Ear shave for sure. K+N filters are recommended. As they are an oiled high flow filter they are as good or better then stock. K+N's are proven and tested to filter better the OEM filters and flow better.
I'm going to use them myself. The P/O for my bike did the "Coastering". So I'm going to complete the process and remove the pods and surge box
Go with the ear shave. Look in the Carbs and Fuel threads for VoId Docs' ear shave procedure. It a greatly detailed how to.
Unfortunately that is not the case. K&N filters have certainly been tested plenty of times, and every single time they have failed miserably compared to stock filters. Do your own research online. I could post enough information on it to crash the server. I have posted at least 20 different tests already, here is some more information, from a BMW car forum.
Rob Levinson from UUC Motorwerks says that "it is really doing every E34 owner a disservice for three reasons:
• First, conclusive tests from independent labs show that K&N filters, no matter how well-oiled and cleaned, let through huge amounts of large particulate that damages engines. Oil analysis shows 5x as much silicate contamination. Additionally, the oil from these filters tends to muck up the MAF and cause an engine-damaging lean-run condition.
• Second, an open element filter like that sucks in hot underhood air and subjects the filter to "fan wash", the swirl that creates a vacuum effect. On the E36 M3, we measure a 15hp loss from open cone filters.
• Third, the E34 airbox is designed with an integral velocity-stack style venturi at the opening. Running one of these engines on a dyno, you can cause a 5hp drop just from putting your finger on the stack lip. Removing that airbox undoes a lot of good BMW engineering. Yes, these filters make a "really cool" noise... but noise does not equal power. Stick with a stock paper element in the factory airbox, you're not getting any more power with a K&N garbage-filter, just damaging your motor."
Jim Conforti (AKA the Land Shark) did some testing:
This was a scientific test, not one done by filter manufacturer X to show that their filters are better than manufacturer Y. The test results are pretty irrefutable as the test lab tests and designs filters where "screw ups" are absolutely NOT allowable (I can't say any more for security. Think "Glow in the Dark").
A scientific test was done on TEST filters where air was loaded with ACCTD (some standardized "test dust" called AC Coarse Test Dust) and sucked through the TEST filter then through an analysis membrane. From the Quantity of dust injected and the amount that gets through the TEST filter and is then captured on the analysis membrane we can calculate the efficiency of the TEST filter in Question.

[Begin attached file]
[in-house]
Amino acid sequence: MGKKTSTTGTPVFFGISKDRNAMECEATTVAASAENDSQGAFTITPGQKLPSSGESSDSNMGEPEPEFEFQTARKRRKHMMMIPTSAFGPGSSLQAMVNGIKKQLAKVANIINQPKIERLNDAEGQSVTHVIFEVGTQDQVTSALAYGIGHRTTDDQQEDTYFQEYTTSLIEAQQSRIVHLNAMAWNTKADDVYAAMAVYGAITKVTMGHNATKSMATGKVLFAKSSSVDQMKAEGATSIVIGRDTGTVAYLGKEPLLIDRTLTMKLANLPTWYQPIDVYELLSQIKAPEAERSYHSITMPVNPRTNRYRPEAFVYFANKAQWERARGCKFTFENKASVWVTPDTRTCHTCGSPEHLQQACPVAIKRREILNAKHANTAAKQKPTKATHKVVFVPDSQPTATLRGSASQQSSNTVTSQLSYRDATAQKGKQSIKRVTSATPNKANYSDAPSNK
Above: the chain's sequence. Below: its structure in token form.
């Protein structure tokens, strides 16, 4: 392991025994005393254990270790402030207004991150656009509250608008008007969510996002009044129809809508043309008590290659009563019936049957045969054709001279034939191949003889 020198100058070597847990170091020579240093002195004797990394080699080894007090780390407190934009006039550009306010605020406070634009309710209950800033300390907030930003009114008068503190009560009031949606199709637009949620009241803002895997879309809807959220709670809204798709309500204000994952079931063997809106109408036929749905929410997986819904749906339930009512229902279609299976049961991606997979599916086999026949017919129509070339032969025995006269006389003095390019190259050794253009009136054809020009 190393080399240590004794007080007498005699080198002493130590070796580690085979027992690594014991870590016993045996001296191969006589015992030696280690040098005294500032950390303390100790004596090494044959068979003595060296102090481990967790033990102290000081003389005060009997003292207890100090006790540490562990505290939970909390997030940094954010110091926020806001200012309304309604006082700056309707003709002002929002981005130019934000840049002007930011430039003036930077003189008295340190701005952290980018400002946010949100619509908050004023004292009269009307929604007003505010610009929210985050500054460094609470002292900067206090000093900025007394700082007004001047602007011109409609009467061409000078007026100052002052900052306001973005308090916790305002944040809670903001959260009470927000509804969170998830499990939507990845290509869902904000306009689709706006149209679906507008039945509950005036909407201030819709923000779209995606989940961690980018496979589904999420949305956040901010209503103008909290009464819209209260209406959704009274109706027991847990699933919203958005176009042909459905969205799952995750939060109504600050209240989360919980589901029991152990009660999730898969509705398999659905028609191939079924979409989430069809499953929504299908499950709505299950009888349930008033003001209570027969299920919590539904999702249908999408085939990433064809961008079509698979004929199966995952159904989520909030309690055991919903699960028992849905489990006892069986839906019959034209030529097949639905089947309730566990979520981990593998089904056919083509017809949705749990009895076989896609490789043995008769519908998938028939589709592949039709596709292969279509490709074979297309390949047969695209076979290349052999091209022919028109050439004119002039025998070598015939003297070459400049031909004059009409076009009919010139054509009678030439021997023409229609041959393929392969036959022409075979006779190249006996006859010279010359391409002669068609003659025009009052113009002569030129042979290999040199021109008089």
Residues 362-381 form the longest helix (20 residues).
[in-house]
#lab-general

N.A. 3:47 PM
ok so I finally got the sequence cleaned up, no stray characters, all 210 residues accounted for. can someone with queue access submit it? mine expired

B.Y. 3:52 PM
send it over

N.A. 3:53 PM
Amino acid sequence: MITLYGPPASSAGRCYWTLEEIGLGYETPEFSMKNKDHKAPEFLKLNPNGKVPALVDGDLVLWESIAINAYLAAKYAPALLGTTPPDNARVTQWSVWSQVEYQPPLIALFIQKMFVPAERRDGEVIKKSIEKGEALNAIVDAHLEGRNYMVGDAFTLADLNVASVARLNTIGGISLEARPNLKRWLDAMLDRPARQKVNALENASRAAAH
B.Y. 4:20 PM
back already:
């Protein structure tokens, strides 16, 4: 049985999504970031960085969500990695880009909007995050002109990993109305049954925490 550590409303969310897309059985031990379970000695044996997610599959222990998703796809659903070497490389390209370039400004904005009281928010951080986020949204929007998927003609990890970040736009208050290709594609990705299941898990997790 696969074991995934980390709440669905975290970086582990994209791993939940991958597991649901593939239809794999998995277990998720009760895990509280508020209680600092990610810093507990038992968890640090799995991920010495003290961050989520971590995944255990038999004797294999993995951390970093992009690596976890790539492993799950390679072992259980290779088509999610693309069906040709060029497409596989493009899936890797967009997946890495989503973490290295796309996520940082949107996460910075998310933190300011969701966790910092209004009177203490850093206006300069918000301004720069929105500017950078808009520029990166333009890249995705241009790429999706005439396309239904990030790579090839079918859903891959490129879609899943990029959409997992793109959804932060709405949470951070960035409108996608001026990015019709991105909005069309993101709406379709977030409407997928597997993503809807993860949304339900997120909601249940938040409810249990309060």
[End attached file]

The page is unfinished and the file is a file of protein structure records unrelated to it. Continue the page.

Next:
BMW Stock Filter, Eff. Area of Media: 8.4 sq ft.
K&N Replacement, Eff. Area of Media: 1.6 sq ft.
The filters are the SAME size. They both fit in the STOCK BMW M3 airbox. The difference is that the STOCK filter has 65 pleats 1.5" deep and the K&N only 29 pleats each 0.75" deep.
Now, remember this ratio: " 5.25:1". It's the ratio of the AREA of STOCK to K&N. It's very important and will come into play later.
The STOCK filter efficiency started at 93.4% at 0 loading and increased to 99.2% efficiency as the loading increased to a max tested of 38.8 gm/sq ft of dust.
The K&N filter efficiency started at 85.2% at 0 loading and increased to 98.1% at the max tested loading of 41.38 gm/sq ft.
Now, I hear you. "Jim, that's only a FEW PERCENT". But is it?
Let's look. If we had 100 grams of dust on a new BMW filter we would let through a total of 6.6 grams of dust in. If we used the new K&N filter we get 14.8 grams of dust. That's 224% (TWO HUNDRED TWENTY FOUR PERCENT!!) more dust ingested initially, stock vs. "free flow" and this ratio is pretty much held. Somewhere between 200-300% more dirt gets "ingested" anywhere across loading equivalence. The more INTERESTING thing is when you look at what happens to the DP or Differential Pressure at a constant airflow as you dirty both filters equally with time.
The test used a rate of 75gr of dust per 20 min. Here's where the AREA difference comes MAJORLY into play. See, even though the BMW filter flows a bit less at the SAME loading, it also LOADS UP 5.25 times SLOWER due to it's LARGER effective area. So what happens is that the K&N initially flows better, but as the dirt continues coming in, the K&N eventually flows WORSE while still letting MORE dirt in.
Now, does any of this additional dirt cause problems? I dunno. I suppose we could have a few people do some independent oil analyses on different motors using both K&Ns and Stock filters. Get enough of them, and you'd have a good statistical basis. For me though, it's simple: More DIRT = BAD.
The additional short-term airflow might make sense on a track car. IMHO, it doesn't for the street.
-- Jim Conforti